In the late seventies, I remember that automobile companies such as General Motors ignored Japanese competition consisting of small cars such as Datsun 210, Honda Civic, and Toyota Corolla. They believed Japanese cars would never catch up with them. Today, Toyota is the number one car maker in the world.

This denial of new reality in the cell phone industry is remarkable. The pioneer, Motorola, lost to Nokia who lost to Samsung and it may lose the market to new entrants such as Xiaomi, LeNovo and Huawei Technologies.

How can an organization get its people and its institution to shift the way they think and work to transform to these new models?

JS: The hardest change is not the culture but the processes, followed by reorganization.

In your book, Firms of Endearment, you talk about the age of transcendence and how people are looking for a higher purpose—how they have changing expectations for the markets and the workplace itself. How would you say innovation and digital technology might facilitate this “changing soul of capitalism”?

JS: First, it brings back capitalism’s original mission, which was to serve society as an institution. Corporations used to be organized to stay forever with predictable succession planning. After the massive restructuring in the 1980s, everything was driven by shareholder value as the sole objective of the corporation. We got detoured into the belief that “the business of business is business.”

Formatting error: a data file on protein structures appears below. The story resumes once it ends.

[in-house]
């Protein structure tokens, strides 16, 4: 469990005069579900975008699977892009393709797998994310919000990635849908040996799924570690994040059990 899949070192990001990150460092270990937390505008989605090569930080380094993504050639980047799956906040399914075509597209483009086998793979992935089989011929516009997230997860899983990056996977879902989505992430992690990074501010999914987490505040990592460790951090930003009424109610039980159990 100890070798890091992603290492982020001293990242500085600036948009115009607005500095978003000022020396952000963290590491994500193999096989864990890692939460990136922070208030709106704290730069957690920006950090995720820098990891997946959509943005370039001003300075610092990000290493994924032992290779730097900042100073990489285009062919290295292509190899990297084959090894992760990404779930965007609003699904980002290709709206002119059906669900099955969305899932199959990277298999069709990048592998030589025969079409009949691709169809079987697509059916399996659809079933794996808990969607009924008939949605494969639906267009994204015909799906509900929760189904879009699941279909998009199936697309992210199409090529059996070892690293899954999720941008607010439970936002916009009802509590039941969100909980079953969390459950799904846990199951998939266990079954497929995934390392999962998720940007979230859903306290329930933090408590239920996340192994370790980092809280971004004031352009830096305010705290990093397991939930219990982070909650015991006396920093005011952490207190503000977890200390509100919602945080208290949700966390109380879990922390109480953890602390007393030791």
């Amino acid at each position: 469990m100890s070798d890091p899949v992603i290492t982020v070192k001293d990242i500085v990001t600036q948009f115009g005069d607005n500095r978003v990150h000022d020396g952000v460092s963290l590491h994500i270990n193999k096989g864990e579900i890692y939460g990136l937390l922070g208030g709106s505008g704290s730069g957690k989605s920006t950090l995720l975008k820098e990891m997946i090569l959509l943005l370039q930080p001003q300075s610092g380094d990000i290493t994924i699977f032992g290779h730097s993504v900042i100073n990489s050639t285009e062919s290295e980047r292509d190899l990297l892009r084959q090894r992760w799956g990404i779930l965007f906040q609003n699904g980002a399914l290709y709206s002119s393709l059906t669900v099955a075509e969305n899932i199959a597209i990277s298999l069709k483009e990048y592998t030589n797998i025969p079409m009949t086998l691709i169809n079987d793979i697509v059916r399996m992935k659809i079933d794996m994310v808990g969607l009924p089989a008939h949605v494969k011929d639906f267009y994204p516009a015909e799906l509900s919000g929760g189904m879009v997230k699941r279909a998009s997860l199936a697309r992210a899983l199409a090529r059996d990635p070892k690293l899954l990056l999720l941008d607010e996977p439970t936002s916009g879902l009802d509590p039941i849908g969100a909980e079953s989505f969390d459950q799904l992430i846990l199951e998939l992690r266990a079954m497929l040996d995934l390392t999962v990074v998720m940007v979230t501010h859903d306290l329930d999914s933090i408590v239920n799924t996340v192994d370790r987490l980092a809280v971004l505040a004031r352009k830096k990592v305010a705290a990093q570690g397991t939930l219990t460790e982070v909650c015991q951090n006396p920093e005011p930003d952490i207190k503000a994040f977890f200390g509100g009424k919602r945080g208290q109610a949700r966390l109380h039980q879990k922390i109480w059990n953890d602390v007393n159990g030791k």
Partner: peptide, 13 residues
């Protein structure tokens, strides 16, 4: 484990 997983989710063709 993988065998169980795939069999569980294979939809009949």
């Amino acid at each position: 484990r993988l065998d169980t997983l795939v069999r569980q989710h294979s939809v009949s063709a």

In the 80s, the stock market collapsed and the debt-to-equity ratio exceeded beyond credit ratings. The conglomerates became out of favor. The break-up value was more than the conglomerate value. We invented concepts of “re-engineering the corporation” and downsizing, right sizing and outsourcing became the norm. Everything was about survival and ensuring that there are no hostile takeovers by private equity companies. Private equity companies, such as KKR and Berkshire Hathaway, invested in the conglomerate companies. It turned into a 25- to 30-year detour. Since the collapse of 2008, that approach has been questioned. Social media has amplified the issue; word gets out much faster now.

So, today the business of business is more than business. I learned that by working for companies in small-town headquarters like Whirlpool in Benton Harbor, Michigan. They did not relocate to large cities to raise capital. Once you go to New York to be close to investors, you basically are investor and analyst driven—you end up living in a “gated community” and in the process put other stakeholders such as employees and the community as secondary priority.

Whirlpool was a family-owned company. Even though it was a listed company, the family lived in the small town. Church worship on Sunday is a great equalizer; neighbors are also your subordinate managers and their children go to the same school as yours, so you become more egalitarian and more stakeholder-oriented. I have seen this at Kohler in Wisconsin, Kimberly-Clark before they moved from Wisconsin and several other great companies in Minneapolis-St. Paul and now in Seattle and the Silicon Valley.